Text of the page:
By giving us your feedback, you can help improve your www.NOAA.gov experience. This short, anonymous survey only takes just a few minutes to complete 11 questions. Thank you for your input!Give my feedback
VIDEO: Check out a cool video about this story and hear what right whale upcalls sound like.
Download video here. (Credit: NOAA)
Apple QuickTime or other player capable of playing an "MOV" file required. QuickTime may be downloaded free.
When it comes to looking for whales, sometimes hearing is believing.
According to a research paper published recently in Biology Letters, the whale calls heard near a historic whaling ground east of southern Greenland were indeed those of Eubalaena glacialis — the endangered North Atlantic right whale.
“This is an area where we believed the population of right whales was hunted nearly to extinction,” said David Mellinger of the Cooperative Institute for Marine Resources Study at Oregon State University and NOAA’s Pacific Marine Environmental Laboratory. “Knowing that whales have returned to these grounds is very encouraging for this species.”
Scientists based their findings on sound rather than sight. Using hydrophones — simple underwater microphones — they listened for a particular right whale sound called an “upcall.” [Check out a cool video about this story and hear what right whale upcalls sound like.]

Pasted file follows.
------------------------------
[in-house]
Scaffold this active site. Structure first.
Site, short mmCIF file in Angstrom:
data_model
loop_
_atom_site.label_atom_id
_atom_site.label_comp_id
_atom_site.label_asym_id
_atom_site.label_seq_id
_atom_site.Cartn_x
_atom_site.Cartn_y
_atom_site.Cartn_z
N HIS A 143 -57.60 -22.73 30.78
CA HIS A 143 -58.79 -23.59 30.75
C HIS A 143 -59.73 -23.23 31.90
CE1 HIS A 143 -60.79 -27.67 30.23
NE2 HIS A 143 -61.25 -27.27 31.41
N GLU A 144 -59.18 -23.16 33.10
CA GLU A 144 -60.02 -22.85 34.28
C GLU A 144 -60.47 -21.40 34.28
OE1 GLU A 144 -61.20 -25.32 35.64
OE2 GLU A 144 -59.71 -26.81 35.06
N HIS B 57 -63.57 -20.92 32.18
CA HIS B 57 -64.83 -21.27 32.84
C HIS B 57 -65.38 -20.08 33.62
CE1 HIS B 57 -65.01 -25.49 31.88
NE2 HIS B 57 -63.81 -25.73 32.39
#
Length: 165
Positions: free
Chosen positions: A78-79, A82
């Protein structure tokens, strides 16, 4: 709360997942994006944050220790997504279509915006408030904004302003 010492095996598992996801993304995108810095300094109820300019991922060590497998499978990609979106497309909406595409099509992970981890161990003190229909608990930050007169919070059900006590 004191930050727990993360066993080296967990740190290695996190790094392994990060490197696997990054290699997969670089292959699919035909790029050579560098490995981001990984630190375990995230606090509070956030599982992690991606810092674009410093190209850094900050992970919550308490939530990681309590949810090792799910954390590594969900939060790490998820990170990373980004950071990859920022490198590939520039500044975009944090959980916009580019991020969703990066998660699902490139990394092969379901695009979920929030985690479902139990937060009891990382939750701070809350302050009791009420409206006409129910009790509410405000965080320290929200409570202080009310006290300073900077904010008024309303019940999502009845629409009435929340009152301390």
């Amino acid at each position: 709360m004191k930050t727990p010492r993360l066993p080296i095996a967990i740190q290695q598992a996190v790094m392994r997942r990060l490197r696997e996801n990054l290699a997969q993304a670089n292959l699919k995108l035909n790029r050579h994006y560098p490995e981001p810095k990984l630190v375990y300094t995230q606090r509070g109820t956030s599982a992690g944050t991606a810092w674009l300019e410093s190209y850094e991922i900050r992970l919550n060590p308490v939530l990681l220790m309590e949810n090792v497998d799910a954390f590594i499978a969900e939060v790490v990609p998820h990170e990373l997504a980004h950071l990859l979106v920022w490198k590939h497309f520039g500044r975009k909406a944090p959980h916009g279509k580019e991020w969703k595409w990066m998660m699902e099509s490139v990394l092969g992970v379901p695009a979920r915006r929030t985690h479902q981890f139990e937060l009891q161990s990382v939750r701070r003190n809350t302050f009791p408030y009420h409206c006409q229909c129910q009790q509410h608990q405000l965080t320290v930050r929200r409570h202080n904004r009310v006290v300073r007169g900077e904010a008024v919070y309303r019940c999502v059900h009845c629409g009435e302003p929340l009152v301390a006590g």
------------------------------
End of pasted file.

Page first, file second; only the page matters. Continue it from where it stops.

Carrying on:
Hydrophones were placed at five sites in and near the former whaling ground called Cape Farewell Ground. More than 2,000 right whale calls were recorded, mostly between July and November 2007.
Download here. (Credit: NOAA)
Whales with an uncertain future
The scientific team notes that there are fewer than 450 North Atlantic right whales globally, and that the eastern population was considered extinct or nearly so. The research results confirmed that the remote area east of southern Greenland is a promising summering ground for right whales.
However, changing conditions in the Arctic and melting sea ice has the potential to open up impassable parts of the ocean to increased shipping, which could place additional pressures on right whales. And although the number of right whale calves is increasing, many animals are affected by ship strikes or find themselves entangled in fishing gear.
To learn more about right whales, including how they got their name, watch the video about this story at: http://oceantoday.noaa.gov/whalecall/.
Posted Feb. 2, 2011